Pension Splitting – Retirees can split certain retirement income, for example, money that is being taken out of registered retirement income funds (RRIF) after age 65.  This allows a couple in retirement to equalize their incomes from a tax perspective and effectively reduce the amount of taxes they pay in retirement.  In a world without income splitting, if one spouse receives $100,000 of income per year from their RRIF because they have built up their RRSP, while the other spouse receives no RRIF income, having stayed at home during his/her working years, the first individual would pay a lot more tax than their spouse.  Due to the way the Canadian tax system works, the household would benefit with a much better net after-tax income if both spouses could assume $50,000 of income rather than one at $100,000.  Pension splitting allows just that; it allows certain income to be split up to 50% from a tax perspective between two spouses to lower their combined taxes.  The issue for Marge is that she may still need the same amount of income from her registered assets, but she will no longer be able to split with Bill.  As a widow, she may pay significantly more in taxes.

2. What expenses will now change and how should Marge rework her budget?

It is clear that Marge should expect a change in her income given the above changes.  But will Marge’s expenses change proportionally?  While expenses will reduce, certain expenses will remain fixed.  For example, housing costs (property taxes, utilities, house insurance) will not change significantly.  Other costs are more variable; instead of maintaining two cars, Marge will likely keep only one.  Food, entertainment, travel, clothing, and other discretionary costs will go down.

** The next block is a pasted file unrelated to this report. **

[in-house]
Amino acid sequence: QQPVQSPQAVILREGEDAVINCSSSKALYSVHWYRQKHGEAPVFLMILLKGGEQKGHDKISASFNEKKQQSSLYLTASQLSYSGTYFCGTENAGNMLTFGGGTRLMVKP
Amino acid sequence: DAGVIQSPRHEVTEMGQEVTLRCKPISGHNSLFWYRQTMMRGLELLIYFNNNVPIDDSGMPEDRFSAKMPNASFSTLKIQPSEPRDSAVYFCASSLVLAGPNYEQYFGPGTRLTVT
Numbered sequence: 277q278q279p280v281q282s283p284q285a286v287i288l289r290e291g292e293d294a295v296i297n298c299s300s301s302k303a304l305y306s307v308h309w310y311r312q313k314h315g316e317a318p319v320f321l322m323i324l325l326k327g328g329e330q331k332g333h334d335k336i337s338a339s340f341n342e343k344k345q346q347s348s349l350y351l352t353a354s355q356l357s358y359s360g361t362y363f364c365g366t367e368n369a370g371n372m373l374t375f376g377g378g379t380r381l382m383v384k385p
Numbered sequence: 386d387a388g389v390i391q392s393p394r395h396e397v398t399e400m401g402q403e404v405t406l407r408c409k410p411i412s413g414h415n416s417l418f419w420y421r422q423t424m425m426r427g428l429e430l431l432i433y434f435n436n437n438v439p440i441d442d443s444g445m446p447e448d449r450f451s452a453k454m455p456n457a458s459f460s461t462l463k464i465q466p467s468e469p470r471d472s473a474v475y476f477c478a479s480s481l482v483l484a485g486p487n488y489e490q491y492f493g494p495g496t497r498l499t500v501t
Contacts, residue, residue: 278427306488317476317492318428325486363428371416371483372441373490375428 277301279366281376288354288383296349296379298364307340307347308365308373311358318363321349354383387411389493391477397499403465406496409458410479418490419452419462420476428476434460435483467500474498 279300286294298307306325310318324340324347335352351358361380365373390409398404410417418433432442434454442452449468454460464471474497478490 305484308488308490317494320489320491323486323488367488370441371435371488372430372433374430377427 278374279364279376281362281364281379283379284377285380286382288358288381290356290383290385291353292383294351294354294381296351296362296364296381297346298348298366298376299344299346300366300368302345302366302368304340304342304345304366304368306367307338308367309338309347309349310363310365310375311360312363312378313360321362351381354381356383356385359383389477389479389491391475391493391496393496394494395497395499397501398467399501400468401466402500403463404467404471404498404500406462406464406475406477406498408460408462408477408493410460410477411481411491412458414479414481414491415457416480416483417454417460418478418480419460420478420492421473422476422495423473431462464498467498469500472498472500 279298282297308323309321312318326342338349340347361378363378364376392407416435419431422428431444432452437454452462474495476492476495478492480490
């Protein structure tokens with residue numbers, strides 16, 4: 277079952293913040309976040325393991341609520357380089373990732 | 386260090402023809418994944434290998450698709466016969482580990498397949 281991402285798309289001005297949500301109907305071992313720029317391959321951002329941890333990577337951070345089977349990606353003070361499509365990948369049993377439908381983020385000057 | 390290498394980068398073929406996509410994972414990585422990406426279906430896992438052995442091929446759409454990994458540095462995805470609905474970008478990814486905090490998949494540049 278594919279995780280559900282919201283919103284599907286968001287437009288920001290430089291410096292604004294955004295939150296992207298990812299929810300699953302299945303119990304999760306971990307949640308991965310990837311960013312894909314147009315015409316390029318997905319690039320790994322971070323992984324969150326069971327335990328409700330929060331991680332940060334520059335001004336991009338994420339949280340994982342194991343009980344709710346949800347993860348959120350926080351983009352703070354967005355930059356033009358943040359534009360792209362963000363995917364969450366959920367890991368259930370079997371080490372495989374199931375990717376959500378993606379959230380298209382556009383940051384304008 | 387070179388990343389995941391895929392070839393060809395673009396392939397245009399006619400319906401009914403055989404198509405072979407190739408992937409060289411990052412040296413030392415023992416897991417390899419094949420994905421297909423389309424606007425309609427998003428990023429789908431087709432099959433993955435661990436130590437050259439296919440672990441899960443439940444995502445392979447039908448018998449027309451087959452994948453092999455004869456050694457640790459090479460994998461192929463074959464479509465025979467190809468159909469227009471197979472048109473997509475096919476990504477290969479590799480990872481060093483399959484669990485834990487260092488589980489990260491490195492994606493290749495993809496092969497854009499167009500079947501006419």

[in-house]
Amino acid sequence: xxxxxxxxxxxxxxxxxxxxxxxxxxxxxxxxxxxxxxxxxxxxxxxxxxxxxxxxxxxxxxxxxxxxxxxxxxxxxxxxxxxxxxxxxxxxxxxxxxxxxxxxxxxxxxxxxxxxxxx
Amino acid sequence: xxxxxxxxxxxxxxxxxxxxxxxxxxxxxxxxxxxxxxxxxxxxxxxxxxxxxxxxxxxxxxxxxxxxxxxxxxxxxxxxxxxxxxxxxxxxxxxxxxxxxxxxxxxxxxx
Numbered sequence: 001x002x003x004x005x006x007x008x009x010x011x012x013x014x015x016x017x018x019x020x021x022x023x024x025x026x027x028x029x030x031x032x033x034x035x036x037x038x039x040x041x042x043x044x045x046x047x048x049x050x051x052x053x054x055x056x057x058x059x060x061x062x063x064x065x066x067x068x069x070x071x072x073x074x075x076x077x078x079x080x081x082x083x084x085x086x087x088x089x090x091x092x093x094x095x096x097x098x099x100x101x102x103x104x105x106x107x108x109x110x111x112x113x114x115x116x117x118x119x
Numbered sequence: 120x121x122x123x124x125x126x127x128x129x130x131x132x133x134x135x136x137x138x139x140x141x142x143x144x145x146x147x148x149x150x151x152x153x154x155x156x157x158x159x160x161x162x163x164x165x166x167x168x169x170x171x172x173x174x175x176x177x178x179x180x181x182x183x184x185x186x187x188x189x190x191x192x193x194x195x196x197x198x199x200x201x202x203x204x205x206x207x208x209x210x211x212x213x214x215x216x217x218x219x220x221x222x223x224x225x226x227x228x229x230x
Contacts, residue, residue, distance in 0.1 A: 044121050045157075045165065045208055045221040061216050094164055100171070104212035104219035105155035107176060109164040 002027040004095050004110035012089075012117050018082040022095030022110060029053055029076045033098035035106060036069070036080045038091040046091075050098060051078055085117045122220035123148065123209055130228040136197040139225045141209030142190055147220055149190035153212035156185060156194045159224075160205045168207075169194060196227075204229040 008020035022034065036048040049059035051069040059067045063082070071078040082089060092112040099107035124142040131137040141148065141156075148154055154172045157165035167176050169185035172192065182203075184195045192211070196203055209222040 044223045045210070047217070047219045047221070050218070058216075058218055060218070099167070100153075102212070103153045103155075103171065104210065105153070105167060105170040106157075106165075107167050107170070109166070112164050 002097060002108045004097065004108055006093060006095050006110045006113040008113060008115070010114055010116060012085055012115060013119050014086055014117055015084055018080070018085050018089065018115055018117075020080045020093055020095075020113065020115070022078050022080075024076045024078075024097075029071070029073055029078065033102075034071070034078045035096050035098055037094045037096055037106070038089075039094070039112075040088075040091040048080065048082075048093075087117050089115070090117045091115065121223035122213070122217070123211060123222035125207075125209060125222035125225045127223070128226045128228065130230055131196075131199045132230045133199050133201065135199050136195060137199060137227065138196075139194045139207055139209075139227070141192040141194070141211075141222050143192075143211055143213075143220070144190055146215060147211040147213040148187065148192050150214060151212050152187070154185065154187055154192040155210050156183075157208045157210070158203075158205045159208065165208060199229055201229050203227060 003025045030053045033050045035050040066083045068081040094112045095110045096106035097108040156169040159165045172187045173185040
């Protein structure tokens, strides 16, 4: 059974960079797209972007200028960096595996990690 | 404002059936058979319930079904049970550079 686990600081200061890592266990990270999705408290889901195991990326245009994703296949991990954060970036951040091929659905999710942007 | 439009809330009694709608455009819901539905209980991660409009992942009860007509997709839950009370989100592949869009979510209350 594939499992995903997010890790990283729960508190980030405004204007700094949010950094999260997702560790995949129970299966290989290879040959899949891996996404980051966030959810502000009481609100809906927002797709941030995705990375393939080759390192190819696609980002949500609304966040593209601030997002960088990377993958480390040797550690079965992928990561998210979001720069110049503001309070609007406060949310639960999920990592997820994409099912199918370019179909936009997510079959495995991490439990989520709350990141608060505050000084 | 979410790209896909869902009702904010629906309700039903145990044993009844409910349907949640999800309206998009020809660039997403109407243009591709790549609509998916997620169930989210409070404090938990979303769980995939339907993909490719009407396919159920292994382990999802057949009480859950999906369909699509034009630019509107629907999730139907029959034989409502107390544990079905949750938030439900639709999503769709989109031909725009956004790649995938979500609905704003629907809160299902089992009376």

It is really important for Marge to redo her budget to see whether the reduction in her expenses will be proportional to the reduction in her after-tax income. 

3. Are there any other major planning considerations Marge should consider?

This is a very difficult, emotional time for Marge.  She may need support and time before making any major financial decisions, which means she should work with a financial advisor whom she can trust, who puts her at ease and who will work with her through these decisions. 

One of the biggest changes that Marge will want to consider is to whom she would like to leave her assets when she passes away and how she would like her estate to be organized.  She will need to update her will.  She should also update her beneficiary designations on her registered accounts such as RRIFs and TFSAs (Tax Free Savings Accounts), as well as on any life insurance policies she may have. 

Marge should also consider drafting new power of attorneys: one for property and one for personal care.   These are very important documents, as they ensure that someone can step in should she become unable to make decisions for herself.

Losing a loved one is very difficult.  Having to adjust to a new life takes time.  Financially, adjustments will likely need to be made.  It is critical to have someone you can trust by your side as you go through these major changes.

At Tall Oak Private Wealth, we work hard for our clients and are honoured to be able to support them as they go through some of their most difficult life challenges.